Fifty-nine films that will get you completely and entirely stoked about the outdoors—living it, loving it, protecting it—will fill movie screens in six venues in Marquette during the Fresh Coast Film Festival October 13–16. We connected with Aaron Peterson; founder, organizer, filmmaker and regular contributor to Traverse Magazine and MyNorth.com to get some backstory.
The origin story, go …
“Four years ago, when I finished my film Cold Rolled [about the dawn of snow-biking in Marquette], it saw good success at some film festivals, with the Telluride Mountain Film Festival being the biggest. I went out there to the festival and was looking around and seeing that I was the only one from the Midwest here. And then in talking with Bill Thompson [owner of Marquette’s iconic outdoor store Downwind Sports], he too was feeling that kind of outsider thing when he went to big outdoor retailer shows out west … kind of a need to fight to be taken seriously.”
So it was a little attitude-driven.
“Well, yeah, we kind of had a chip on our shoulder. Because there is huge growth of active outdoors in the Upper Midwest. Duluth was just named outdoor city of the year by Outside Magazine. Copper Harbor has great things happening. So do Marquette, Traverse City … adventurous people are returning or staying closer to home and we are trying to harness that energy the way Banff and Telluride have done. Bill said, ‘Why doesn’t Marquette have a film festival?’”
Give us a sampler, a few things to get us excited.
“One I love is The Great Alone, it’s about an Iditarod racer who’s kind of like the Kid Rock of mushing. I loved it. I was crying, laughing, a great rollercoaster ride. Also I’m really excited that we will have Bryan Smith here. He’s a Traverse City native who has become one of the top adventure filmmakers in the world. Now he lives in Squamish, British Columbia. He will be showing two films he’s done for Red Bull. He started by buying a $100 camera at WalMart to fight a dam proposal.
“Saturday evening we will have the National Geographic adventurers of the year, Dave and Amy Freeman, of Minnesota, who just spent a year in the Boundary Waters and filmed it as a way to raise awareness about the dangers of sulfide mining proposals near the park. We will have the world premier of a Patagonia-sponsored short film about their journey, and then it will be released to the web. There’s an Isle Royale film I really like. There’s a film dealing with contemporary Native American culture—a guy who raps in Ojibwe.”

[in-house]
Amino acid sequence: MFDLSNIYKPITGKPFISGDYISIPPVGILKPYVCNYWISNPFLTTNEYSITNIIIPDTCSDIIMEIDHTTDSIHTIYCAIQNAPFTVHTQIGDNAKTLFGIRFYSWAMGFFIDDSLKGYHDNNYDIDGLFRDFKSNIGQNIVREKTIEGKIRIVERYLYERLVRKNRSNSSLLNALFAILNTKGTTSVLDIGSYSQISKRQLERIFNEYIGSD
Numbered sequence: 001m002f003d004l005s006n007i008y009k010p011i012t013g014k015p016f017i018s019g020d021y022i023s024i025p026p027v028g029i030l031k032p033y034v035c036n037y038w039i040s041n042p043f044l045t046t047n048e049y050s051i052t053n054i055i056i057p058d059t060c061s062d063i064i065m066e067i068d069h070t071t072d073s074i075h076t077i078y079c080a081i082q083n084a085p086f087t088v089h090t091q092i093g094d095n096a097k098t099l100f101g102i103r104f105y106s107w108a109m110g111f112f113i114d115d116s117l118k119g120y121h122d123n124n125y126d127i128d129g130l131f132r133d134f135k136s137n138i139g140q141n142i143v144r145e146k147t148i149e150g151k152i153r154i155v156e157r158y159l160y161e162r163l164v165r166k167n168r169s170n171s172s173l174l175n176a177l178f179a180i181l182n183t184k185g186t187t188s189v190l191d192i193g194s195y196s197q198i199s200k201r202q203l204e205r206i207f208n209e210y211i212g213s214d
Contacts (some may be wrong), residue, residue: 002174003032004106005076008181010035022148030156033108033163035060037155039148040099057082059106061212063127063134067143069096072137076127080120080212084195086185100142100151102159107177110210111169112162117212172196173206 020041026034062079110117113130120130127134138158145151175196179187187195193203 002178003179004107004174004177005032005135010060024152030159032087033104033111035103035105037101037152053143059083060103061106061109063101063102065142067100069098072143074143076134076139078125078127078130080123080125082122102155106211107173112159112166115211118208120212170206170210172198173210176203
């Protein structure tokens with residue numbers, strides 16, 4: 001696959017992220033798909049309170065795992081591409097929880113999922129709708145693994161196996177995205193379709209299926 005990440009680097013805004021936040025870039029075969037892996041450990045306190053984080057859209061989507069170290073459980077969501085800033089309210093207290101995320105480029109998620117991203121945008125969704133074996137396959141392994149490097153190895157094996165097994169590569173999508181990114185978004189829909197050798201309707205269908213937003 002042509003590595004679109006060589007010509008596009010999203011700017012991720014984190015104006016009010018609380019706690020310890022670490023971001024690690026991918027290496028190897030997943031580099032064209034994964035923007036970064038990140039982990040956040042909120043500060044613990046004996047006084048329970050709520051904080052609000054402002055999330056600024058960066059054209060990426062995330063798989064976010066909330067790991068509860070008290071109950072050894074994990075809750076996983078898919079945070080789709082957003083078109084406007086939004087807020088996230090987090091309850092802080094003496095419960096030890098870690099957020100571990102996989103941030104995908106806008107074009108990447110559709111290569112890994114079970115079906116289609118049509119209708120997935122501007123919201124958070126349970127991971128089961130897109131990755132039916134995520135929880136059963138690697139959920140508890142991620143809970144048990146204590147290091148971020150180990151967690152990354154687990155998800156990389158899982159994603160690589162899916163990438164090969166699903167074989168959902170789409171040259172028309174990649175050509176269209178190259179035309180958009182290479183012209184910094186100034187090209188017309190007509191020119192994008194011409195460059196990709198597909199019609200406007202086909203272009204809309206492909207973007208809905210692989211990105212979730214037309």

I’m hearing a mix of adrenaline and soul.
“Yes, and one thing I strive for, too, is to have a sense of humor throughout everything. This genre can take itself too seriously, too much ego. A beauty of the Midwest is our self-effacing humor. People are not afraid to make fun of themselves, lighten the mood. There’s an amazing climbing film called Dodo’s Delight, in which climbers get on a boat and sail from Greenland to Baffin Island. Along the way they have a hell of a time, playing music, singing in the hold of this 33-foot boat. If you don’t walk out of there singing and laughing, you don’t have a pulse.”
Speaking of self-effacing Midwest tendencies, you have not mentioned your own film, the Michigan Ice film, which I have seen and can attest to the fact that it is completely amazing. A must-see for any Michigander. So attendees can see that, yes?
“Oh, right. 3 p.m., Saturday, at the Kaufman Auditorium.”
- The Fresh Coast Film Festival, freshcoastfilm.com.
- Kicks off 5:30 p.m., Thursday, October 13 and runs through 2 p.m., Sunday, October 16.
- $25 for students for a full-access festival pass that covers the entire festival.
- Full weekend pass: $60. One-day pass: $35. (Films are not ticketed individually.)
- Attendees can also sign up for tours, such as guided fly fishing, waterfall hikes, kayaking trips and lots more.
Check the website for complete info and follow Fresh Coast Film Festival on Facebook.
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